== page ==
A traditional English garden consist of few shrubs with perennial, biennial and self-seeding annual plants predominating.   These grow from the ground each spring and after flowering die back to the root stock (or die in the case of annuals).   As each species of flower grows at different times, a common problem gardeners’ experience are barren patches in the flower bed, before a plant has started to grow or after it has flowered.

The solution? Group together plants, so that as one is dying back, another is growing to fill its place.   Known as ‘succession’ this problem has haunted gardeners for hundreds of years, but Schoellkopf has mastered it in just thirty, as the full beds thrive with a mixture of leaf textures and complimentary colors.

“The house is the star of the garden - the entire garden was planted to accompany it.   There is never a straight on view of the house - you always see it from an angle.” A lesser gardener would have fallen into the ‘trap’ of having at least one path straight to the path, but the effect of moving from room to room as you approach is very special indeed.

BY & COPYRIGHT: George Schoellkopf

And does he now know what needs to be planted where?

“No!” Again that laugh.   “I know what should grow well in certain spots, but it doesn’t always work, and I have no idea why, so I dig it up and plant it elsewhere.”

The landscaped parts of the grounds consist of four to five acres, and he is assisted by talented gardener Krista Adams, who helps him several days a week.

As in Sissingbourne, the garden blends seamlessly with the surrounding landscape creating beautiful vistas from every aspect.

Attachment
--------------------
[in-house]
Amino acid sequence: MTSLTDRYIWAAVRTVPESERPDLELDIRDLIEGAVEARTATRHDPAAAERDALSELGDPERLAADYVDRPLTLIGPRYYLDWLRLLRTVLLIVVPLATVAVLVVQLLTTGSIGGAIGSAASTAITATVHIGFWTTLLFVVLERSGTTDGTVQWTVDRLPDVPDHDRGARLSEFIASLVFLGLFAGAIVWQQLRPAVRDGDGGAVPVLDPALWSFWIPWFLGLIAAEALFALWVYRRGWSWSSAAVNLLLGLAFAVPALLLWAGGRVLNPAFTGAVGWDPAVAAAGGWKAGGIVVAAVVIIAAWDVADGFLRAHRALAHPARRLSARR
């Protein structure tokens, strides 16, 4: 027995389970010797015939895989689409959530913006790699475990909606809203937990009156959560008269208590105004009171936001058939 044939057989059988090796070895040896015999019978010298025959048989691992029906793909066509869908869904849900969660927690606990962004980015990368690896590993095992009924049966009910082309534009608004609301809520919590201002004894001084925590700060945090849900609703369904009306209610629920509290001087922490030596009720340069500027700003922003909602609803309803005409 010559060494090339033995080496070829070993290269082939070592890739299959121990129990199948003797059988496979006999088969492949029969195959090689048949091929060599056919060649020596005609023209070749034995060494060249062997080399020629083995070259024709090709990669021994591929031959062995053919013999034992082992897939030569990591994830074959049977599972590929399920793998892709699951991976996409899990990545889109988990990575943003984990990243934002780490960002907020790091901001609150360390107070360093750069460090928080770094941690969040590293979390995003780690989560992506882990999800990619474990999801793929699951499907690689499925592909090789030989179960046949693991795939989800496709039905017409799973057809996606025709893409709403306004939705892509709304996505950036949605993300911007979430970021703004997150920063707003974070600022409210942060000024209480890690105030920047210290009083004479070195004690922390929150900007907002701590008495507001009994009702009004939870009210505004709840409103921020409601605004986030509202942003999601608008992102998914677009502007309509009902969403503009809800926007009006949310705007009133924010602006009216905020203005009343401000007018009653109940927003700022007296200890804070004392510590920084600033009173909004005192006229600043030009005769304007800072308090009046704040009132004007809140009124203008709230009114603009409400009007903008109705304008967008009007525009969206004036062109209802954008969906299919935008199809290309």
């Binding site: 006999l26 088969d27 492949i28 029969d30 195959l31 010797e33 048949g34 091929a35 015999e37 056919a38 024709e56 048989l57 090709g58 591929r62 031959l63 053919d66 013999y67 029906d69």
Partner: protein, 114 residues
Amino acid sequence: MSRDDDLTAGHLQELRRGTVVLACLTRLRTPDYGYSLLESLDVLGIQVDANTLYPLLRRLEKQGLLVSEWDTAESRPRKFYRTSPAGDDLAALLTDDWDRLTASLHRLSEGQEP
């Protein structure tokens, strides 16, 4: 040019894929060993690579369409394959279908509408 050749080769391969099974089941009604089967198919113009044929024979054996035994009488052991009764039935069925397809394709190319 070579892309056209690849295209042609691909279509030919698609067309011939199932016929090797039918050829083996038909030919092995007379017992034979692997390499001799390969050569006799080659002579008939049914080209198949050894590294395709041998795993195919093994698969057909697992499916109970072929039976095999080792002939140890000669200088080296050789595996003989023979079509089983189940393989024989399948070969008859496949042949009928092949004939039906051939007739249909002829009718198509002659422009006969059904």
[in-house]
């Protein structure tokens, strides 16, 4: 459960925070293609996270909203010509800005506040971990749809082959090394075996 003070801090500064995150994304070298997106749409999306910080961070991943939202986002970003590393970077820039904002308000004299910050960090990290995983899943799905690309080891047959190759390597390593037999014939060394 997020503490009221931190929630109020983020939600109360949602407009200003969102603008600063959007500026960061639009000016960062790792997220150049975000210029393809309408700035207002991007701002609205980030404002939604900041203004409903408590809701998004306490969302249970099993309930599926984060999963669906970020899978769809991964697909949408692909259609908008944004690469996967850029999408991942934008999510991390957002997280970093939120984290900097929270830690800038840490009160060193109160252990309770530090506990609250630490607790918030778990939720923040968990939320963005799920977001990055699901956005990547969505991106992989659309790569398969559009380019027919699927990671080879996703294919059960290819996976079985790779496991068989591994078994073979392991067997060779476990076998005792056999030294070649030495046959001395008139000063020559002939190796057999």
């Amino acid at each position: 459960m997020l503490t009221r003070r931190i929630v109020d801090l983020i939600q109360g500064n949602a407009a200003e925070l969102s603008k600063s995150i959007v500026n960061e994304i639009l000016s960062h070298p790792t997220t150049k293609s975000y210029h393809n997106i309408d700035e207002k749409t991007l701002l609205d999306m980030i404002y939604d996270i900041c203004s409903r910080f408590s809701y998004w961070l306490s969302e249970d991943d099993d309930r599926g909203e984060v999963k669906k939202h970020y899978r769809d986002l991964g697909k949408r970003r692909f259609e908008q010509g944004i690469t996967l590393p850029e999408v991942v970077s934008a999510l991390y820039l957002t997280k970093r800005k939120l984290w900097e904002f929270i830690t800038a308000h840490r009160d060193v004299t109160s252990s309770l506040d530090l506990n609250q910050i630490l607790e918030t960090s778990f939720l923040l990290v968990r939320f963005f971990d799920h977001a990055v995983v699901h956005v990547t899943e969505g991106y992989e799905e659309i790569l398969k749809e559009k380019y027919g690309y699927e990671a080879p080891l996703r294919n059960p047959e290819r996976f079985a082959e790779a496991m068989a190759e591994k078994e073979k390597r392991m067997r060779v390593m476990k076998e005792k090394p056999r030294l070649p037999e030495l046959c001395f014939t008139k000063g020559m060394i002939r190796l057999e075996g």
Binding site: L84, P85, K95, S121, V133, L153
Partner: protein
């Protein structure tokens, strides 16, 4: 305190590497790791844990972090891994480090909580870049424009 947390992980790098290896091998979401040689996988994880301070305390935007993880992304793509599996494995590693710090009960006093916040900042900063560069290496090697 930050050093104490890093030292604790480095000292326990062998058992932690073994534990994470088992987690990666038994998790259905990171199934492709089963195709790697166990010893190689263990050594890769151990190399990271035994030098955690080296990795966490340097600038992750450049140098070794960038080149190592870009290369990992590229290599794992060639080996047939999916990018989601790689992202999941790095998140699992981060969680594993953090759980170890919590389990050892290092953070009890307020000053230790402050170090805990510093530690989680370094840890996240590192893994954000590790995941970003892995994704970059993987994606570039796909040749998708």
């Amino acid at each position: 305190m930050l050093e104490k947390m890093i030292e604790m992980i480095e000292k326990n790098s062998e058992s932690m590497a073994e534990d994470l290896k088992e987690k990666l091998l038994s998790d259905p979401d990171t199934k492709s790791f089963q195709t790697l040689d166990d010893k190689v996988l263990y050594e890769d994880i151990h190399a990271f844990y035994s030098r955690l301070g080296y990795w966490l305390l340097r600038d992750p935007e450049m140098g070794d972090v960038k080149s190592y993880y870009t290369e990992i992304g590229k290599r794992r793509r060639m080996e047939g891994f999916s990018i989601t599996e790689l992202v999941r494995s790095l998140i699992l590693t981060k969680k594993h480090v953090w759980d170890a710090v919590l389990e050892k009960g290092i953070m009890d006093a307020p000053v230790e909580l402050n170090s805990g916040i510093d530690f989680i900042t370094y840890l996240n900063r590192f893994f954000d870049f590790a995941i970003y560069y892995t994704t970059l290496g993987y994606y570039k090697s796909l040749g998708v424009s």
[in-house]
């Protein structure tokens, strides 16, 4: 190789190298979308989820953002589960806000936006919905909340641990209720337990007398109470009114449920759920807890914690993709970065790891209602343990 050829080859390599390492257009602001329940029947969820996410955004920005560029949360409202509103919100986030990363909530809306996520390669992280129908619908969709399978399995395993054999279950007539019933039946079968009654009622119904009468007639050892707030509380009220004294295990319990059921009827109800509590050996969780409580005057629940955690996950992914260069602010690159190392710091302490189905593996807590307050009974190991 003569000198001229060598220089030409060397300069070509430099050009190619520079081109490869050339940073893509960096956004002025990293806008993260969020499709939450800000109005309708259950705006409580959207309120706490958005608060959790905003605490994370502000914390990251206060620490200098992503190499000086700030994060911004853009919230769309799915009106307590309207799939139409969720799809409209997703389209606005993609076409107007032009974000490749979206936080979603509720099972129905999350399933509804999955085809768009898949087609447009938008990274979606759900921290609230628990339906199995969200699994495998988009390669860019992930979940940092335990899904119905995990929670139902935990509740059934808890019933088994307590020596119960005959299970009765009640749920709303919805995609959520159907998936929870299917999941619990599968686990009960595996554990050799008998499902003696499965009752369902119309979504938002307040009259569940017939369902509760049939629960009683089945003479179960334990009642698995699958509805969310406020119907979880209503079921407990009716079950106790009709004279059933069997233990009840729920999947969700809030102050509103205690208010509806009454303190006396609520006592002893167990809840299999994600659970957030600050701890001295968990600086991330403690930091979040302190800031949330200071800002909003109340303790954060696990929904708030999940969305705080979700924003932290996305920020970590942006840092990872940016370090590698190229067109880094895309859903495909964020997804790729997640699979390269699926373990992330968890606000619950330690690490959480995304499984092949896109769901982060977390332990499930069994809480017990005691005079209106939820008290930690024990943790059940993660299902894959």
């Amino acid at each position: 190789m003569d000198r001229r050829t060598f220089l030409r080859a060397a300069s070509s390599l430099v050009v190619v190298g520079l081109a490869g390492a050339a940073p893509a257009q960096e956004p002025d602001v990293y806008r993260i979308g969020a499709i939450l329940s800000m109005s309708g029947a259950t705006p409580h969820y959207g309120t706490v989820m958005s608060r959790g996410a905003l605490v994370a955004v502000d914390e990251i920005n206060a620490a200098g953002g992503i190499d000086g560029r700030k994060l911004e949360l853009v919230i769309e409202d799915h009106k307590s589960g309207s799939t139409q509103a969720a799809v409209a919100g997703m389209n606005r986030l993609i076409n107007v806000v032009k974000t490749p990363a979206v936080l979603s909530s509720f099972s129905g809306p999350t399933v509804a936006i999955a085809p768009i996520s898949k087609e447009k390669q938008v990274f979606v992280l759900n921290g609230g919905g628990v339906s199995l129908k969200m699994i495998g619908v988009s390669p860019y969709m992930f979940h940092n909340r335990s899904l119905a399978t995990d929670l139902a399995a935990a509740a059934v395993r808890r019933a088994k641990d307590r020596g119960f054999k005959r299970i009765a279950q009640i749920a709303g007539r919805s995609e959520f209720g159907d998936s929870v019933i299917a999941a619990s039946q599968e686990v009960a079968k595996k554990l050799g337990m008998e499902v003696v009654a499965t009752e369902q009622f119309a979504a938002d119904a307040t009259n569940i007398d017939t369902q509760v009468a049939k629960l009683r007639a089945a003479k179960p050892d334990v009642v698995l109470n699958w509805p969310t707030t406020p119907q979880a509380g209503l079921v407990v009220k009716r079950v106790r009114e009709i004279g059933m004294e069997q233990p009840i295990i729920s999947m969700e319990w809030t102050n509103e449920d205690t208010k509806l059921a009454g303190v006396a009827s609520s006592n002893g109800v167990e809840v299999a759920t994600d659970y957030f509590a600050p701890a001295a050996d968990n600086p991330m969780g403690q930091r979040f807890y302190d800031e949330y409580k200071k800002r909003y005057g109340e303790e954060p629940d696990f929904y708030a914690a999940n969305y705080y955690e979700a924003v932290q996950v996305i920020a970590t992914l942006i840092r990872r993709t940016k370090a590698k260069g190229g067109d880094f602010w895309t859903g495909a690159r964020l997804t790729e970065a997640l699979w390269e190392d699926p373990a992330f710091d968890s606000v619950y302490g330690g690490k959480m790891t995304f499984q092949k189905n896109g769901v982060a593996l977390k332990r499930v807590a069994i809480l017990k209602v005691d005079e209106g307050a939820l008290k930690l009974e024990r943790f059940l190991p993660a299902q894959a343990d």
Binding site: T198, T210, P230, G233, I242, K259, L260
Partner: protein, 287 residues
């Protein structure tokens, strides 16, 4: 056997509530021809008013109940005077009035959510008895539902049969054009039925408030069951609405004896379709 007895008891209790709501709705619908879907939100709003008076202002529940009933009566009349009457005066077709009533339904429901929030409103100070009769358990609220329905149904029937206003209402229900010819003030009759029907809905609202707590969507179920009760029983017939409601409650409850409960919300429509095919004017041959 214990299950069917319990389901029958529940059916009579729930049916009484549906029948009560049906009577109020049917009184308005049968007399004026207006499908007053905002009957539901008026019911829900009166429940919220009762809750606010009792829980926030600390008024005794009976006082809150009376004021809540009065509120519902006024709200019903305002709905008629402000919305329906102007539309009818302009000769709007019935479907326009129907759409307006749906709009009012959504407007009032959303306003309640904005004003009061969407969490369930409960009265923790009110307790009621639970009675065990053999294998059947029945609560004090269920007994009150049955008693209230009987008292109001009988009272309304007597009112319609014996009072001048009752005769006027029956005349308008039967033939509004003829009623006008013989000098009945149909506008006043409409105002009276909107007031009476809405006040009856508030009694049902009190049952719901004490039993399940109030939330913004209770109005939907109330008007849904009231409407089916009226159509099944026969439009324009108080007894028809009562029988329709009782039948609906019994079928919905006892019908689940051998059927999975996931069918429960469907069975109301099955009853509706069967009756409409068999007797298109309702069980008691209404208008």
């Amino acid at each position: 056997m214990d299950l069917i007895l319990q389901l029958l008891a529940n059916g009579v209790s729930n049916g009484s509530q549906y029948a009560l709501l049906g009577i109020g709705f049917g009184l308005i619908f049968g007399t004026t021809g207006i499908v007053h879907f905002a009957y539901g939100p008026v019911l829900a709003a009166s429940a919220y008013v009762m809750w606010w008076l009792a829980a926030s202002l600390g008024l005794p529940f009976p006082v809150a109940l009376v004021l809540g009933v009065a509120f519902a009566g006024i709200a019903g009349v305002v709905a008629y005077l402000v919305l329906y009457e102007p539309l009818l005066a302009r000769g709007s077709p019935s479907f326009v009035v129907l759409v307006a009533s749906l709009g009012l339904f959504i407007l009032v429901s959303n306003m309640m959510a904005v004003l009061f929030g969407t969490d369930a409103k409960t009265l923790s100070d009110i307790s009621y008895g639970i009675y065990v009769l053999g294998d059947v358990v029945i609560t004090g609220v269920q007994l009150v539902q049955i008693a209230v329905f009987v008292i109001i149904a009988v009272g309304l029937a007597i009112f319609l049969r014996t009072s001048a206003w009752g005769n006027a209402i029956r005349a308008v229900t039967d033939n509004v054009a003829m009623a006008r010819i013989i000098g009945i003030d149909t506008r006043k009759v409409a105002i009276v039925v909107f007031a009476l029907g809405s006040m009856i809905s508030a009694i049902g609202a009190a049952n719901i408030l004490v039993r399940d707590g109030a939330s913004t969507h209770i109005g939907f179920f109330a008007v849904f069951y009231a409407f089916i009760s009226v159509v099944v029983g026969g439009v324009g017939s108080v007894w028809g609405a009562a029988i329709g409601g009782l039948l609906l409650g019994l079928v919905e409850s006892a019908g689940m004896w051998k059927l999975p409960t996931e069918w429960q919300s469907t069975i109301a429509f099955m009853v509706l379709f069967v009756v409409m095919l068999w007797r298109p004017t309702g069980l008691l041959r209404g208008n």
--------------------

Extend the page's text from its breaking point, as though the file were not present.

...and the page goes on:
As we walk around the garden he has created, the gentle sound of water trickling through Sprain Brook is ever present.   The combination of the sights, aromas and moving water combine into a majestic whole.

Hollister House Garden is so prized that it is one of only sixteen gardens that is designated a preservation project by the Garden Conservancy, who seek to protect and ensure the long-term stewardship of fragile environments for the benefit of all.

In addition to being open every Saturday during the summer (see hours below), special events are held in the garden in July and August that are highly recommended.

You don’t have to be a garden enthusiast to enjoy the Hollister House Garden, as the tranquil setting is the perfect antidote to our busy, stressful lives.

ONE would like to thank George Schoellkopf and Karen Kopta for their generous assistance.


BY & COPYRIGHT: George Schoellkopf

Hollister House Garden

294 Nettleton Hollow Road, Washington, CT 06793

(860) 868-2200



Opening Times:

The garden is open every Saturday until October 1, 2011.

Jun – Aug: 8AM – 10AM and 3PM – 6PM

Sept: 10AM – noon and 2PM – 5PM

Special Events for Summer 2011:

Twilight in the Garden

Saturday, July 9th, 2011.   6pm – 8pm

Enjoy a summer evening in the garden with wine and nibbles.

$20 per person or $35 per couple.

Moonlight Serenade

Saturday, August 20, 2011. 6PM – late.

A romantic evening is guaranteed at the Gala Dinner and Dance in the garden at Hollister House with honorary hosts Bunny Williams, celebrated interior designer, gardener, author, and John Roselli, noted New York antiques dealer and connoisseur.

Garden Walks

Daylilies: July 23, 2011.

Dahlias: August 13, 2011.

The Hollister House’s talented gardener, Krista Adams and George will share with you their experiences and information about which hybrids work best at the Hollister House Garden.